Comedian Conan O’Brien made news last summer when he found himself the subject of a lawsuit alleging copyright infringement for the use of four jokes in his opening monologues.[1] The jokes were previously published on the personal blog and Twitter account of comedic writer Robert Kasberg. While most accusations of joke theft do not result in the legal action faced by Conan O’Brien, accusations themselves are not atypical in the world of comedy. D.L. Hughley, George Lopez, Robin Williams, Carlos Mencia, Milton Berle, Chris Rock, Dane Cook, Denis Leary, and Amy Schumer are just a handful of comedians who have been the subject of such accusations.

If these accusations are founded in instances of actual unauthorized reuse of material, what legal protections or avenues for recourse do comedians have to protect their comedic works? In this blog post we will look at what rights and challenges comedians face in protecting their works under U.S. copyright law.


Copyright Protection for Jokes

Can you copyright a joke? Like many questions in copyright law, the answer is “it depends.” Under U.S. Copyright Law, original works of authorship that are fixed in a tangible medium of expression are eligible for copyright protection. While many jokes and comedic routines may meet these requirements, there are a number of initial barriers to protection that authors may face.

Originality: Originality requires that a work be independently created and have a minimal degree of creativity.[2] Comedic works do not need to be novel to receive copyright protection, but the author must create the work without copying the original expression of another. When similar jokes are both based on a current event, for example, is it more likely that both comedians based their comedic material on a common news source, rather than the other’s original material. Works must also possess at least a spark of creativity. While the requisite level of creativity is low, copyright will not protect ideas (including narrative structure or general plotlines), concepts, or common themes.

In addition, there may be situations in which there are only a limited number of ways to express an idea. If this situation exists, the idea merges with the expression, and the expression becomes uncopyrightable (this is referred to as the merger doctrine in copyright law). Similarly, copyright will not protect standard expressions or stock characters or events that are ordinary to a particular subject matter (this is referred to as the scènes à faire doctrine in copyright law). The structure of a knock-knock joke, for example, cannot be copyrighted.

Fixation: Fixation requires a work to be permanent enough to be perceived, reproduced, or otherwise communicated for a period of more than transitory duration. The work must be embodied in a material object by or under the authority of the author. This may include written text (e.g., a book, script, or Tweet), a recorded podcast, DVD, or even a live broadcast.[3] Despite the many ways in which a work may be fixed, comedians may not satisfy the fixation requirement in cases of unrecorded improvisation or live routines. Comedians may also face issues as they adapt and modify their routines over time or if their routine changes based on an unpredictable element, such as audience interaction.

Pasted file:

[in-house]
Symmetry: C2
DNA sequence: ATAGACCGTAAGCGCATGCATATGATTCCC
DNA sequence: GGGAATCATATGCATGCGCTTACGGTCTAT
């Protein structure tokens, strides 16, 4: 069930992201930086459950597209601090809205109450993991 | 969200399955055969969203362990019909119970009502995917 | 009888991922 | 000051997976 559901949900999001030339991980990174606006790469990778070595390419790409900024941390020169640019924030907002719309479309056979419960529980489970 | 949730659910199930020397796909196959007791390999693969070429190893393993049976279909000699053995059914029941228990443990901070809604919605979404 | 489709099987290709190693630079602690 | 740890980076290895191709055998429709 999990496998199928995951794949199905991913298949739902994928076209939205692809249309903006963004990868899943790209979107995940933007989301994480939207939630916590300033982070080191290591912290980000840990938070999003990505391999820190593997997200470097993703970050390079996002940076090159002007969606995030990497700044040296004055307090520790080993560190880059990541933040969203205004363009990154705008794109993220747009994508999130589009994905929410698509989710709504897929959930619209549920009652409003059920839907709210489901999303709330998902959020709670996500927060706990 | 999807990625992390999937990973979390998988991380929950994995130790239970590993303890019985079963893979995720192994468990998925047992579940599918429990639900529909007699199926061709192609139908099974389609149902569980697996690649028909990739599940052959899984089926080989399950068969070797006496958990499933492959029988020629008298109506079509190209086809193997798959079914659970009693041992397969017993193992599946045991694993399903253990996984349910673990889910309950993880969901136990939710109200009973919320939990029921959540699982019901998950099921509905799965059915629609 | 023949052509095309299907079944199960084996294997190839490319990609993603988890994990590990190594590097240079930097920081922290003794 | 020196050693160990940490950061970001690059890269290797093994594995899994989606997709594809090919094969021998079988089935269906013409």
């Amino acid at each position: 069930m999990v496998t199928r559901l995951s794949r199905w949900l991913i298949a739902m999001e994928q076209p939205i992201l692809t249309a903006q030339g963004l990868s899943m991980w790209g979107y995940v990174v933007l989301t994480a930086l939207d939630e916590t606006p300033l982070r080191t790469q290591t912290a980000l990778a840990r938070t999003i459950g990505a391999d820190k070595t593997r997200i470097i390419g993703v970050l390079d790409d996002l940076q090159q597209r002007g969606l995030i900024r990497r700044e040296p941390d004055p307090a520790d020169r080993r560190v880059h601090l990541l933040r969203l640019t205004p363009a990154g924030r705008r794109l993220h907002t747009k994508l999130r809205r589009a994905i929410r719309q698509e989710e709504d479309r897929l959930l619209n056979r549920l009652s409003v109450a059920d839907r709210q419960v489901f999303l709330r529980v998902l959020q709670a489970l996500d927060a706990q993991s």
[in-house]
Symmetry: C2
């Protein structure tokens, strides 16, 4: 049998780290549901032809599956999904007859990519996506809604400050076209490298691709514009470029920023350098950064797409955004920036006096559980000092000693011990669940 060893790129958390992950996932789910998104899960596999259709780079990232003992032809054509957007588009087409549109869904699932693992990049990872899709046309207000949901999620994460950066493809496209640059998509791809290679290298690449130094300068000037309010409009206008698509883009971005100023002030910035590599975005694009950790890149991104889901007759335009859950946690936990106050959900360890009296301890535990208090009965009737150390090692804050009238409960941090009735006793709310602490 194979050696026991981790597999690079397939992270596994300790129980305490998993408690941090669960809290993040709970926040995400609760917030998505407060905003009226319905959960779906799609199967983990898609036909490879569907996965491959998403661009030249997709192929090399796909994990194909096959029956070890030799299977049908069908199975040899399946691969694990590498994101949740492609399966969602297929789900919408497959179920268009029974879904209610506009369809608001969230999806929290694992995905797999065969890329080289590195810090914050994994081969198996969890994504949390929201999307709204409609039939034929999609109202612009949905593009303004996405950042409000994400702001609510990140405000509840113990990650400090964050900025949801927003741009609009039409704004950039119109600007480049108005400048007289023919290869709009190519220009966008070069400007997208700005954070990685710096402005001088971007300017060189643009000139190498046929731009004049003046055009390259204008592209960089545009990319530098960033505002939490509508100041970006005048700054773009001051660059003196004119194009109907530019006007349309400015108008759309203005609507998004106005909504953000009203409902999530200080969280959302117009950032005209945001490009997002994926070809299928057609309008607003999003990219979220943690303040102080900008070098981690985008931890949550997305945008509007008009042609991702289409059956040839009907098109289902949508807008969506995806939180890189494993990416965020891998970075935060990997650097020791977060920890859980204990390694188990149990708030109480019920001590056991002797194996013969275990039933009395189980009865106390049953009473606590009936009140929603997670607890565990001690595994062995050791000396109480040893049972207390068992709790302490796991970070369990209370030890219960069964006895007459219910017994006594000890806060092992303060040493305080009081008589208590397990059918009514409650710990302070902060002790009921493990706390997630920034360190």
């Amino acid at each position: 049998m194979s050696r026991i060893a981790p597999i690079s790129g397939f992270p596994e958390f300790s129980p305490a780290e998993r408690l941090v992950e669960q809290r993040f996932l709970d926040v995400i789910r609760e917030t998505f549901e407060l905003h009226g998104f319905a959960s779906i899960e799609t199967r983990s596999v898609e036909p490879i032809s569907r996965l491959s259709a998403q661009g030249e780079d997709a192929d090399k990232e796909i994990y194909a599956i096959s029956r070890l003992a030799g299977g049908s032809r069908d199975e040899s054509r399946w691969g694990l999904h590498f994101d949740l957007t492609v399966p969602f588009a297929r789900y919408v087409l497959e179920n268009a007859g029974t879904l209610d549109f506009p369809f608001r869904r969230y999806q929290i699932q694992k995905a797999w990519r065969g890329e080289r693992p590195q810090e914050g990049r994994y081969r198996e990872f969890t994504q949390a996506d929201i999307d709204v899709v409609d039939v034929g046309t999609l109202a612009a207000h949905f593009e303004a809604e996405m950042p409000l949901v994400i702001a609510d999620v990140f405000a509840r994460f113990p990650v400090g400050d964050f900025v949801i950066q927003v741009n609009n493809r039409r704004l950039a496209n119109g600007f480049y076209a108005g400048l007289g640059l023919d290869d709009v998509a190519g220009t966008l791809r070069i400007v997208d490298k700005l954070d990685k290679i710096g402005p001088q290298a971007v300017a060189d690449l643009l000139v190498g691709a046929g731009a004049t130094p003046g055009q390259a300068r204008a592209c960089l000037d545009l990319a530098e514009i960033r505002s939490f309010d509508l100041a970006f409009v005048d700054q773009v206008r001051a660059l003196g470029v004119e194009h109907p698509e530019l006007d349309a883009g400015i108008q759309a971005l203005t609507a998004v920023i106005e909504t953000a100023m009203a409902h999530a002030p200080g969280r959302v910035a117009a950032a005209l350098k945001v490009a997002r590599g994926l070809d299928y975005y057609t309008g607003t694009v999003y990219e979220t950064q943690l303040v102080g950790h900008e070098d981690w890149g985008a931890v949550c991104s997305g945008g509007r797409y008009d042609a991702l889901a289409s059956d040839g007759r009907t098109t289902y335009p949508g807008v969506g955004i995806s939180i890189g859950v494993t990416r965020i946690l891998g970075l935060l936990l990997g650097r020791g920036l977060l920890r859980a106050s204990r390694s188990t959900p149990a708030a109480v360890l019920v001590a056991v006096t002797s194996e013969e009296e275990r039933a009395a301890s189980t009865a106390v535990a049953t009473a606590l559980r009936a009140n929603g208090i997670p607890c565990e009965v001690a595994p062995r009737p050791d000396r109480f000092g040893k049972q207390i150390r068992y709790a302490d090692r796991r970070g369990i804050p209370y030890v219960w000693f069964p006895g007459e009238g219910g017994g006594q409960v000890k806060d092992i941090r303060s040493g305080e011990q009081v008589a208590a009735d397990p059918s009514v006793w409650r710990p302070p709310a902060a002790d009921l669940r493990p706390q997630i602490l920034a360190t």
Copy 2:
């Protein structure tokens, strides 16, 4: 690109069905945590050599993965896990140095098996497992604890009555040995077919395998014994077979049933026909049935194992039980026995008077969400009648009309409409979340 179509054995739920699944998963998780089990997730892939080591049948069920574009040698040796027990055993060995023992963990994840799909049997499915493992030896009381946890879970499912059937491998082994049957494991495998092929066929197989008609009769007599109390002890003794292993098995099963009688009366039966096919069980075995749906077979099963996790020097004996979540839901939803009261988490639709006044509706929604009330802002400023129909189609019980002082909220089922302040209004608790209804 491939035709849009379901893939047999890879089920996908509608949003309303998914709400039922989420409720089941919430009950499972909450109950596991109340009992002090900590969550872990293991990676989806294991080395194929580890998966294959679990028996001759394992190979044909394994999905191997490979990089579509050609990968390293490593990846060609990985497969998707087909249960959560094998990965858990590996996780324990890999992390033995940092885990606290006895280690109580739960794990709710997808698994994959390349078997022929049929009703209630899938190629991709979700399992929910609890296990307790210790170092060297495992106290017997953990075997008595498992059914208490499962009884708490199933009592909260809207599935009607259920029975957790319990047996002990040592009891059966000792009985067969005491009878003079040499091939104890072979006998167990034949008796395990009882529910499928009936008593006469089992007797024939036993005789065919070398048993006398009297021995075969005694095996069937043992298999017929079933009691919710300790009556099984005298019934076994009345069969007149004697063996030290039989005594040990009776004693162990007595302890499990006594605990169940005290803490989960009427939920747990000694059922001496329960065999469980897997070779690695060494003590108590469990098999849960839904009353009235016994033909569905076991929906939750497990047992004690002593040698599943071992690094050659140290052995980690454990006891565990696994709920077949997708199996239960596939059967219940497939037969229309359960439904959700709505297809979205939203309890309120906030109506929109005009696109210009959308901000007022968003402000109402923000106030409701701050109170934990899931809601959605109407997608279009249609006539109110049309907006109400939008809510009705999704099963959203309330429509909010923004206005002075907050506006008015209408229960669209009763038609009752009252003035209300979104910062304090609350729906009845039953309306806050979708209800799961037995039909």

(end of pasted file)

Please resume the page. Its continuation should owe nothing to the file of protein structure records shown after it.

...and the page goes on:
Increasing Reliance on Social Norms

Given these initial barriers, some jokes may not qualify for copyright protection or the copyright protection received may be fairly thin. This reality aligns with the findings of a major study conducted by Dotan Oliar and Christopher Jon Sprigman that analyzed how stand-up comedians protect their jokes.[4] Following a series of interviews with comedians, Oliar & Sprigman found that most comedians are not relying on the formal legal protections of copyright law to protect their works, and instead rely on a system of somewhat recently developed social norms. These social norms developed contemporaneously with a change in the nature of stand-up comedy—comedians are now investing more effort in the development of original textual material and investing less effort to the performance element of their routines.

Of the norms identified, the most prominent norm governing the behavior of stand-up comedians is the norm against appropriation, the violation of which is often detected by fellow comedians viewing peer performances.[5] While the initial step to enforcing this norm is negotiation (the author of the work will request for the appropriator to cease using the material), the norm may also be enforced through informal sanctions, including attacks on reputation and refusals to deal, both of which may result in limited work opportunities for the appropriator.[6]